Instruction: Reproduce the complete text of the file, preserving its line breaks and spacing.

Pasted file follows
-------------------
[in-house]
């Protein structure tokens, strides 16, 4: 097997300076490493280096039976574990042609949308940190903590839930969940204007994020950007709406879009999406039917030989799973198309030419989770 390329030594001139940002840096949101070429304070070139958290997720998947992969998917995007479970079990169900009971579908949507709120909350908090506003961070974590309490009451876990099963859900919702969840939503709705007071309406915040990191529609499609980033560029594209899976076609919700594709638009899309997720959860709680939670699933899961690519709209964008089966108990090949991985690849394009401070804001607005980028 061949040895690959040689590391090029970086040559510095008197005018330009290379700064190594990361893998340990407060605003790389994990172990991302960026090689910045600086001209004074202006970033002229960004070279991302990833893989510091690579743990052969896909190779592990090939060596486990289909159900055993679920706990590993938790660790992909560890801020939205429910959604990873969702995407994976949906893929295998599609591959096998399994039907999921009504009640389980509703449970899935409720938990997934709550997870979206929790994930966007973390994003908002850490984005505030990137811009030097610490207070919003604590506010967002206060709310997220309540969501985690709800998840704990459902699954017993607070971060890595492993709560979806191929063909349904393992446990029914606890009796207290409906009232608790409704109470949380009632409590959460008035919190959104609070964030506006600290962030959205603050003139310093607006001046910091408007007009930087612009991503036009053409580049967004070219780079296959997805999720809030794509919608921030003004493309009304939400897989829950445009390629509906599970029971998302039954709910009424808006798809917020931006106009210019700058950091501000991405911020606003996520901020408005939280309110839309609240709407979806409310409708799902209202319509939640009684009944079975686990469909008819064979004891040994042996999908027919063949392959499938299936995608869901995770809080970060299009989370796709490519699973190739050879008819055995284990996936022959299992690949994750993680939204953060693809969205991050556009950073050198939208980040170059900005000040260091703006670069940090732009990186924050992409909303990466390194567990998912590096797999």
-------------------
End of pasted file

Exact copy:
[in-house]
């Protein structure tokens, strides 16, 4: 097997300076490493280096039976574990042609949308940190903590839930969940204007994020950007709406879009999406039917030989799973198309030419989770 390329030594001139940002840096949101070429304070070139958290997720998947992969998917995007479970079990169900009971579908949507709120909350908090506003961070974590309490009451876990099963859900919702969840939503709705007071309406915040990191529609499609980033560029594209899976076609919700594709638009899309997720959860709680939670699933899961690519709209964008089966108990090949991985690849394009401070804001607005980028 061949040895690959040689590391090029970086040559510095008197005018330009290379700064190594990361893998340990407060605003790389994990172990991302960026090689910045600086001209004074202006970033002229960004070279991302990833893989510091690579743990052969896909190779592990090939060596486990289909159900055993679920706990590993938790660790992909560890801020939205429910959604990873969702995407994976949906893929295998599609591959096998399994039907999921009504009640389980509703449970899935409720938990997934709550997870979206929790994930966007973390994003908002850490984005505030990137811009030097610490207070919003604590506010967002206060709310997220309540969501985690709800998840704990459902699954017993607070971060890595492993709560979806191929063909349904393992446990029914606890009796207290409906009232608790409704109470949380009632409590959460008035919190959104609070964030506006600290962030959205603050003139310093607006001046910091408007007009930087612009991503036009053409580049967004070219780079296959997805999720809030794509919608921030003004493309009304939400897989829950445009390629509906599970029971998302039954709910009424808006798809917020931006106009210019700058950091501000991405911020606003996520901020408005939280309110839309609240709407979806409310409708799902209202319509939640009684009944079975686990469909008819064979004891040994042996999908027919063949392959499938299936995608869901995770809080970060299009989370796709490519699973190739050879008819055995284990996936022959299992690949994750993680939204953060693809969205991050556009950073050198939208980040170059900005000040260091703006670069940090732009990186924050992409909303990466390194567990998912590096797999």